In one recent ad, Jack, wearing a track suit, is playing racquetball with an employee, whom he has chosen to lead the Jack “chicken team.” The employee says gratefully, “Thanks Jack, you picked the right guy. I am your chicken man.” But while he dons his goggles, he is hit in the gut by a bouncing ball, which causes him to “bawk” like a chicken, to Jack’s bewilderment.
In another commercial, a bunch of Jack employees in a conference room giggle uproariously as a colleague gives a report on a competitor’s Angus burgers -- they think “Angus” sounds scatological. After Jack details his restaurant’s new sirloin burger, an employee, trying to keep a straight face, asks, “Are you saying that people will find our sirloin more attractive than their anguses?”
The spots prompted CKE Restaurants Inc., owner of Carl’s Jr., to accuse Jack in the Box of deceptive advertising in a lawsuit -- a complaint that a judge later rejected.
The blond Sittig, who has the burly figure of an aging athlete, sounds remarkably like Jack in the commercials. When asked if he is in fact Jack, he says only, “I’ve been told that I sound like Jack” but will not elaborate. Trade publications have reported that Sittig is, in fact, the voice of Jack.
According to data from Advertising Rating Co., which monitors consumer reaction to ads in a variety of genres, the Jack ads are among the most effective in the fast-food category, especially among men.
The Santa Monica offices show an agency with an irreverent sense of humor. A missile stands in the entryway, near a green Ikea chair mounted on a wall. Across the warehouse-size room, giant glass tubes filled with small Jack in the Box heads measure the restaurant’s sales figures since the campaign began.
The walls are also covered in large print quotes from networks discussing what could and could not appear in past Secret Weapon television commercials, such as “Porn and hunting knives -- approved,” from Fox, and from ABC: “The antenna ball can look happy but he cannot be drunk.”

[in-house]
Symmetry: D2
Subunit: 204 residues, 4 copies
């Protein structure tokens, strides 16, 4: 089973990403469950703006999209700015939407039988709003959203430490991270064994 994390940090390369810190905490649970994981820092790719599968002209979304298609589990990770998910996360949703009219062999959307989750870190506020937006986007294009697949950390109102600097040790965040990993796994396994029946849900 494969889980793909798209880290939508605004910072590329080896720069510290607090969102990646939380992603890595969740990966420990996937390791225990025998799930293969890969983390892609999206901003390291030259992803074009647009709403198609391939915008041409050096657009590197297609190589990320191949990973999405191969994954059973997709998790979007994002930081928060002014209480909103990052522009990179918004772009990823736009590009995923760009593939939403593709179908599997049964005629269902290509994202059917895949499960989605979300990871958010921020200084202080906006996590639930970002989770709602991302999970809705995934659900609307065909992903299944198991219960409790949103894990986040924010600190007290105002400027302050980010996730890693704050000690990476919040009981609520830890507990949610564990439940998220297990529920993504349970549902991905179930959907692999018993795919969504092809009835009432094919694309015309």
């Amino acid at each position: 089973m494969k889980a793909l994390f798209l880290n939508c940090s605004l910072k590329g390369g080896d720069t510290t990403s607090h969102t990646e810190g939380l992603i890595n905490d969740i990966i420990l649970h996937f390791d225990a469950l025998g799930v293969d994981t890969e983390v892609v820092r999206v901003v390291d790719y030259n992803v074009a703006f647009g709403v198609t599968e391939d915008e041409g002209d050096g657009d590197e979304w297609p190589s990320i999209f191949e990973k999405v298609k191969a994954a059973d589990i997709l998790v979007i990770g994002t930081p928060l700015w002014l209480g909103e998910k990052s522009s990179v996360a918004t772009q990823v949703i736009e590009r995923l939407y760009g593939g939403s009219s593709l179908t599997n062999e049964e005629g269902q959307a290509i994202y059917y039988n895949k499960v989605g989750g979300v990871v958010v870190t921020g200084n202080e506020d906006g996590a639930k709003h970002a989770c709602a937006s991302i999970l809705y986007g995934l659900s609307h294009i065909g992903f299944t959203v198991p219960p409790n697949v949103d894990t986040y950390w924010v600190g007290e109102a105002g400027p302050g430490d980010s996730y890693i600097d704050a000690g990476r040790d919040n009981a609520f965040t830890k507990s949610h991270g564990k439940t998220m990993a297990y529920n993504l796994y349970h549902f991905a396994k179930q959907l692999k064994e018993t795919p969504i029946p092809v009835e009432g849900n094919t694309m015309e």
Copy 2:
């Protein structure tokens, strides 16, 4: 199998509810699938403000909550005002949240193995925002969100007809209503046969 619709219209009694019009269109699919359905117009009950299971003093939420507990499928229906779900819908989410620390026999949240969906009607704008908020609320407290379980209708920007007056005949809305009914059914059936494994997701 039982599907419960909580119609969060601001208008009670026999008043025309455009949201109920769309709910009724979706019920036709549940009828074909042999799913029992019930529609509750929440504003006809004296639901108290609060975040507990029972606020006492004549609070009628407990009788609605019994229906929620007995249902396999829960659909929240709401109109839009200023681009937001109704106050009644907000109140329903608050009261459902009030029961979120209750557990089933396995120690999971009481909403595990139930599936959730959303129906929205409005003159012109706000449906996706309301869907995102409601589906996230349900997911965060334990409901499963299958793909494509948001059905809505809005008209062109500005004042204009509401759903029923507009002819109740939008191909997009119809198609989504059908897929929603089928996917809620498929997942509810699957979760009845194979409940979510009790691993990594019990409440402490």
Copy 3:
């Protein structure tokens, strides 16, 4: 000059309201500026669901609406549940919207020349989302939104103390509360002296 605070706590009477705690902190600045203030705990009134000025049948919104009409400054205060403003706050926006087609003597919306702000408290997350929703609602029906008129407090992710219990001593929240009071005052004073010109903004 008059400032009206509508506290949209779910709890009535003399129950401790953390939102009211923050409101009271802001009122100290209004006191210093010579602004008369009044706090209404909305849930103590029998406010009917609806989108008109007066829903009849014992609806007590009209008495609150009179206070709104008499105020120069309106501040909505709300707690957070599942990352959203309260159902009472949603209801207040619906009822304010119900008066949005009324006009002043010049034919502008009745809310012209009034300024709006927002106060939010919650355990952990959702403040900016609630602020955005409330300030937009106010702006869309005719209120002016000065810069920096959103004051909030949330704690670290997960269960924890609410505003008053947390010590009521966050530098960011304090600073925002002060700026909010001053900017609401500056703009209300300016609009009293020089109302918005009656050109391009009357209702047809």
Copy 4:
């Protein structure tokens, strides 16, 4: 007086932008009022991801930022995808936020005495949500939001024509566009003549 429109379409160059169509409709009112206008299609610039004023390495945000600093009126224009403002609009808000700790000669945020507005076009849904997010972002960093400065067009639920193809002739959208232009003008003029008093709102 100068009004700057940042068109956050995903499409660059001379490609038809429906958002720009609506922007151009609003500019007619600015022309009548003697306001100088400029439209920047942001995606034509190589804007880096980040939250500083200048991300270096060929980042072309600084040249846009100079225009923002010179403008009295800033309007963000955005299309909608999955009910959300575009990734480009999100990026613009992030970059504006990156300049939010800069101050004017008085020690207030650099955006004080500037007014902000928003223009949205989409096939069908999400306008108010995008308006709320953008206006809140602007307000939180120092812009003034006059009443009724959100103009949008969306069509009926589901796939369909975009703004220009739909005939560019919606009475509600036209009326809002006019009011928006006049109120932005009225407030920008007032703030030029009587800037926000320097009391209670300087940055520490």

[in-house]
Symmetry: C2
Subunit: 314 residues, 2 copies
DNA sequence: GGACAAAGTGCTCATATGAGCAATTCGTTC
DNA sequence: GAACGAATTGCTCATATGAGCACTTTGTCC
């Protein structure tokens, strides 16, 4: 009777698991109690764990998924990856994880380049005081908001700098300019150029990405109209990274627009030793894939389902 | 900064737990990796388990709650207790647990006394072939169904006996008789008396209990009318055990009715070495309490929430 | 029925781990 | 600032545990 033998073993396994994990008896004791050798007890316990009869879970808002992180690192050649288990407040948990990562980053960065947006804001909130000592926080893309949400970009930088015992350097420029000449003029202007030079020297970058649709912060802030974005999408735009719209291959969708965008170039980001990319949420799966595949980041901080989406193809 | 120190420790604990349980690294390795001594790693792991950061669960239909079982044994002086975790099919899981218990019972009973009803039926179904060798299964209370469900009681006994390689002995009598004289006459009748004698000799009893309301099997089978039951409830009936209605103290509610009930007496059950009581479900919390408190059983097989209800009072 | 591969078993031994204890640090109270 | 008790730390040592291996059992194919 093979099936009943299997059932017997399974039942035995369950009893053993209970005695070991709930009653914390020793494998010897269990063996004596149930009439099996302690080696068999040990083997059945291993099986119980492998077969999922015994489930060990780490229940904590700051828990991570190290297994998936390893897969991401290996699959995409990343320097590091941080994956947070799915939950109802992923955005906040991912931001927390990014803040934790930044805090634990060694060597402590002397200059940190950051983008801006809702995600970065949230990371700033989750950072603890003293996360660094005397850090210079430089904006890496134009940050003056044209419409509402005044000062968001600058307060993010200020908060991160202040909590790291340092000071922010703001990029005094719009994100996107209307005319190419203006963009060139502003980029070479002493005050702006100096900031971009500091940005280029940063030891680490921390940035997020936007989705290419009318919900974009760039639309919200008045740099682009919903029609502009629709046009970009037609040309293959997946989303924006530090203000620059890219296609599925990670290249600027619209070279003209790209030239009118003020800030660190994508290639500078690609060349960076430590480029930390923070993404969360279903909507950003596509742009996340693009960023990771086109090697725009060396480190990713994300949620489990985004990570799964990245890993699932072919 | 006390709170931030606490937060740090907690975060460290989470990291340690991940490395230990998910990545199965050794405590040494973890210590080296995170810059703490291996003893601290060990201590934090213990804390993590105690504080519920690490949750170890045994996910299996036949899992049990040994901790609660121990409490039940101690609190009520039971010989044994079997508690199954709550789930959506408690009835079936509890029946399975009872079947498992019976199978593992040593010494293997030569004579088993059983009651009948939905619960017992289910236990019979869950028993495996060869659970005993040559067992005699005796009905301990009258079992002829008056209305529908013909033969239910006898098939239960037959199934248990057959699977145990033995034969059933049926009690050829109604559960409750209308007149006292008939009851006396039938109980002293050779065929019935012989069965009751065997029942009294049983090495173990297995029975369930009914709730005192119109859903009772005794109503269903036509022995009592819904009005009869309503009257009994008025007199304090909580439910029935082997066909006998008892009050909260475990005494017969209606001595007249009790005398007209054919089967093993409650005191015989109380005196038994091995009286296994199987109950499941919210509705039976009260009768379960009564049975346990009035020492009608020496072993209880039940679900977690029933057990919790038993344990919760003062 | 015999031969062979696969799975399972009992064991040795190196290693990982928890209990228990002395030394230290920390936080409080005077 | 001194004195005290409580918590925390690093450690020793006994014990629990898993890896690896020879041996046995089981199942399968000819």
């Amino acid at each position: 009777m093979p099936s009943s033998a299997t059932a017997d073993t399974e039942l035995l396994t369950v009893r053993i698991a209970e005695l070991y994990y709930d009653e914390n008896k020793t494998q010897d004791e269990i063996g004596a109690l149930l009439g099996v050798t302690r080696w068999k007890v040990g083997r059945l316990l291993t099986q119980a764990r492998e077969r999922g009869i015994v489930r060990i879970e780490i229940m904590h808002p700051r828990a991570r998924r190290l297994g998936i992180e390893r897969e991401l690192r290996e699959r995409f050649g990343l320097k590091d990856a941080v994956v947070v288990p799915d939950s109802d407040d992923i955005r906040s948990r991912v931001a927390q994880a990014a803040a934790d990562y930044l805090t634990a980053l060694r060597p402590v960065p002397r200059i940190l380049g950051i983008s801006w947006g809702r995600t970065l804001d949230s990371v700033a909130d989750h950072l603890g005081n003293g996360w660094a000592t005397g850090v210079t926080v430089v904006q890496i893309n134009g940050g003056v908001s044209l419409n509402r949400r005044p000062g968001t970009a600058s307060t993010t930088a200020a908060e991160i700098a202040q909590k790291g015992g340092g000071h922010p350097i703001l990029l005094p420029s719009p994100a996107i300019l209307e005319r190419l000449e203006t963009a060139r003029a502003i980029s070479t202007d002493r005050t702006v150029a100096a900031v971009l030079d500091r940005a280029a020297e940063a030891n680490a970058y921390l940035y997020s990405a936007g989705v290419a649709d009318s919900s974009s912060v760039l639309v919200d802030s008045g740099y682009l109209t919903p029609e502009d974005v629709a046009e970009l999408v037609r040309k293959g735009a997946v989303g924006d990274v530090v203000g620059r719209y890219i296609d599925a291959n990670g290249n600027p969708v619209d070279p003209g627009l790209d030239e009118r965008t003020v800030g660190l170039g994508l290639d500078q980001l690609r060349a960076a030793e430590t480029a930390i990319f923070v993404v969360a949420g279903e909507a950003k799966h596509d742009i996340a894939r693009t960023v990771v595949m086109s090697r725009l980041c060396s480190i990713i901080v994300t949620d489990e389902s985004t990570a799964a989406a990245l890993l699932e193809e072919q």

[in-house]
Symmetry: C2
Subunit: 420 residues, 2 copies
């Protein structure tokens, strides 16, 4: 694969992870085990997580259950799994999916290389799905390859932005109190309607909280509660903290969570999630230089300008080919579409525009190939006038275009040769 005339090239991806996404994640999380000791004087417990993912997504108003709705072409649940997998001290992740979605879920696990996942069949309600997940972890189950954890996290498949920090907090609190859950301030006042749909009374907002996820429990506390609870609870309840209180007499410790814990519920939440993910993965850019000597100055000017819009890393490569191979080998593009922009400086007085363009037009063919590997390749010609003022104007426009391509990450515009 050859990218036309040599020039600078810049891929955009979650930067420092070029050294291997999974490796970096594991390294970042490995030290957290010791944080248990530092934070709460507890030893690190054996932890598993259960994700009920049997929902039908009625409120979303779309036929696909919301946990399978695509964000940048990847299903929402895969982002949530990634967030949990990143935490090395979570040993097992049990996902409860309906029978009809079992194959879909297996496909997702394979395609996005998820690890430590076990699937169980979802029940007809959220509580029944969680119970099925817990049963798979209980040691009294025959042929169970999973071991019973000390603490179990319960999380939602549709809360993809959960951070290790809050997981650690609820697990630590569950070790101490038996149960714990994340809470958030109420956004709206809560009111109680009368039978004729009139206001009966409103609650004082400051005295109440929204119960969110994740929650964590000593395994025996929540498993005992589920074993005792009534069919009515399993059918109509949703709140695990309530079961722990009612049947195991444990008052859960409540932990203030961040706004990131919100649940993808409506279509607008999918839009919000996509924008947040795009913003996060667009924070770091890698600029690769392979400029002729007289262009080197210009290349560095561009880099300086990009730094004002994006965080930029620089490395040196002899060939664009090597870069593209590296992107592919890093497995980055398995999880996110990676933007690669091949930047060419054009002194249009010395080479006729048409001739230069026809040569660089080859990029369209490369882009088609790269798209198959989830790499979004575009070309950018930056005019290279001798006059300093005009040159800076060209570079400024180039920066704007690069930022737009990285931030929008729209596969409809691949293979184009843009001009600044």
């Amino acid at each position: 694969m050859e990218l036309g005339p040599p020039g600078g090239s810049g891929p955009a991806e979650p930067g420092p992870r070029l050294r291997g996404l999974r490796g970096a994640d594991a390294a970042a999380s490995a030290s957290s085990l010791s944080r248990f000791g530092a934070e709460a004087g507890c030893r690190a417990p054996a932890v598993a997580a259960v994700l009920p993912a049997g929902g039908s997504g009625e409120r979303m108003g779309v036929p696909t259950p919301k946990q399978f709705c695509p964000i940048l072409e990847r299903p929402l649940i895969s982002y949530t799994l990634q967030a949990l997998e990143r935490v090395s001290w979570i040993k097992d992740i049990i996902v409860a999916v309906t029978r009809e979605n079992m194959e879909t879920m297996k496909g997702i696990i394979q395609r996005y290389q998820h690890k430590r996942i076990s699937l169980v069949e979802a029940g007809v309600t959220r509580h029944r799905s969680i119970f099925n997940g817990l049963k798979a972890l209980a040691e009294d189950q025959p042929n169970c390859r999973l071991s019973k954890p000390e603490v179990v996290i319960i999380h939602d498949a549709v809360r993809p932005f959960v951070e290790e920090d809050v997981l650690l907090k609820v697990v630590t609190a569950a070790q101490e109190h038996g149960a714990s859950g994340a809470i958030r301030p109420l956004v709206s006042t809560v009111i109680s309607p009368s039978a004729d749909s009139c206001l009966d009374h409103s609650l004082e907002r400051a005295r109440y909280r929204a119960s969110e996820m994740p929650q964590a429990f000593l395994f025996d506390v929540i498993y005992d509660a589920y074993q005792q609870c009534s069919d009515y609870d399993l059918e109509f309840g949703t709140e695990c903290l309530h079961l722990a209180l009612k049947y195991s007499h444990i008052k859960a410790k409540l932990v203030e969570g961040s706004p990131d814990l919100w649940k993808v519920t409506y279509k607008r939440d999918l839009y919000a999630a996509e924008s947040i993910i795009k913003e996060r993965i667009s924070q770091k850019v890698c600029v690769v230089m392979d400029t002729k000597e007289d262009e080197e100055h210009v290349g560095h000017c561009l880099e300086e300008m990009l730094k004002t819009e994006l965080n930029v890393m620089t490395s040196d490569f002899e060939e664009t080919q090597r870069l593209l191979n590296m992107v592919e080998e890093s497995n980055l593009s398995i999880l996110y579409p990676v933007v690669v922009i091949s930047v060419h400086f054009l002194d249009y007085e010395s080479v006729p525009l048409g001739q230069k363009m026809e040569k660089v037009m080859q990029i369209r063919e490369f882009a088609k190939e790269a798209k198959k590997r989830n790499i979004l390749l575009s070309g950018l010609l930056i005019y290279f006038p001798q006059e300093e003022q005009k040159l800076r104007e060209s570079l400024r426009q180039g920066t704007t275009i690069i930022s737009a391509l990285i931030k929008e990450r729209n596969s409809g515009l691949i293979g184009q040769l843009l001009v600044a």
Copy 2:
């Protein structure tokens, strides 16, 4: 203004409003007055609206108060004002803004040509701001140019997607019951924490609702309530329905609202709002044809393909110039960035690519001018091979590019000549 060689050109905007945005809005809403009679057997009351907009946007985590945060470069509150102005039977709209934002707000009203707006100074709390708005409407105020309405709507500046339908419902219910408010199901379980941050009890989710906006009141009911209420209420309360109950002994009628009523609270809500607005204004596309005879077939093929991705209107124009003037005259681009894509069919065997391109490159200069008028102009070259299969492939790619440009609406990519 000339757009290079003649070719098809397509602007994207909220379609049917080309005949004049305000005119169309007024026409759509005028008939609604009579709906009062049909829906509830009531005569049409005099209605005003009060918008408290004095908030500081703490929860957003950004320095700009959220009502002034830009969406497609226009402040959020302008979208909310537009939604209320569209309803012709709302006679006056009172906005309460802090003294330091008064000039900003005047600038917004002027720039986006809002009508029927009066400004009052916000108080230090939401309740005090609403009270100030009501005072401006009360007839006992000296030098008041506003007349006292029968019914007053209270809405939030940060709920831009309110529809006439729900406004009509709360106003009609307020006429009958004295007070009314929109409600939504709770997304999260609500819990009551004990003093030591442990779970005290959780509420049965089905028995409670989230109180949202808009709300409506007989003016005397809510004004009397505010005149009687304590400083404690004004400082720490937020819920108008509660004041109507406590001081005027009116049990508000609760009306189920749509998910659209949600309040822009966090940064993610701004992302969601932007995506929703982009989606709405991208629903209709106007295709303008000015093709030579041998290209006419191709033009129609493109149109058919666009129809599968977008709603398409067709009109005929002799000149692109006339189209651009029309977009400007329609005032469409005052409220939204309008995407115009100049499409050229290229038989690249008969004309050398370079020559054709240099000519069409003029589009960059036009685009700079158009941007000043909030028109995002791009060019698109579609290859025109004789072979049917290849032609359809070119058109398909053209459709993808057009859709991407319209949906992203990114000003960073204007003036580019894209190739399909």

The Honda ads also use humor to make a point. In the spots, which started in early 2007, people complain about how they mistrust car dealers, and Honda dealers go beyond the call of duty -- playing with bratty children and donating kidneys -- to be helpful.
Secret Weapon also sent teams of people in blue shirts into the streets of Southern California to give away gasoline to Honda owners, carry people’s groceries, pay for parking meters and otherwise assist them.
The idea of an ad focusing on helpful dealers helped Secret Weapon beat out 30 other agencies to win the dealer association’s business in November 2006. Association President Bill Piercey said his colleagues agreed the ad would break through the clutter and be a good use of the $30 million the dealers had raised to advertise locally. They were also impressed with the individual attention Secret Weapon promised them. “They’re like our business partners instead of an agency,” Piercey said.
Although the spots got lower marks from Advertising Rating Co. than did the Jack ads, Adams said the campaign has helped Honda gain ground on Toyota, which outsells it 2 to 1 in Southern California.
Surveys have found that 33% more people have Honda on their mental list when car shopping than did before the campaign.
It’s a lot of work, being intimately involved with two big brands and completely responsible for the success or failure of their branding efforts.
But Sittig and Adams say they wouldn’t have it any other way. After all, in bigger agencies, they’d be working on a number of different accounts, not too involved with any of them.
Said Sittig: “We sleep better at night.”
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Secret Weapon Marketing
Business: Advertising. The Santa Monica agency is known for the irreverent humor of its campaigns.
Owners: Dick Sittig and Patrick Adams
Strategy: Cater to no more than three clients at a time
Clients: Jack in the Box, Southern California Honda Dealers Assn.
Slogan: “We are just like any other agency. We are unlike any other agency.”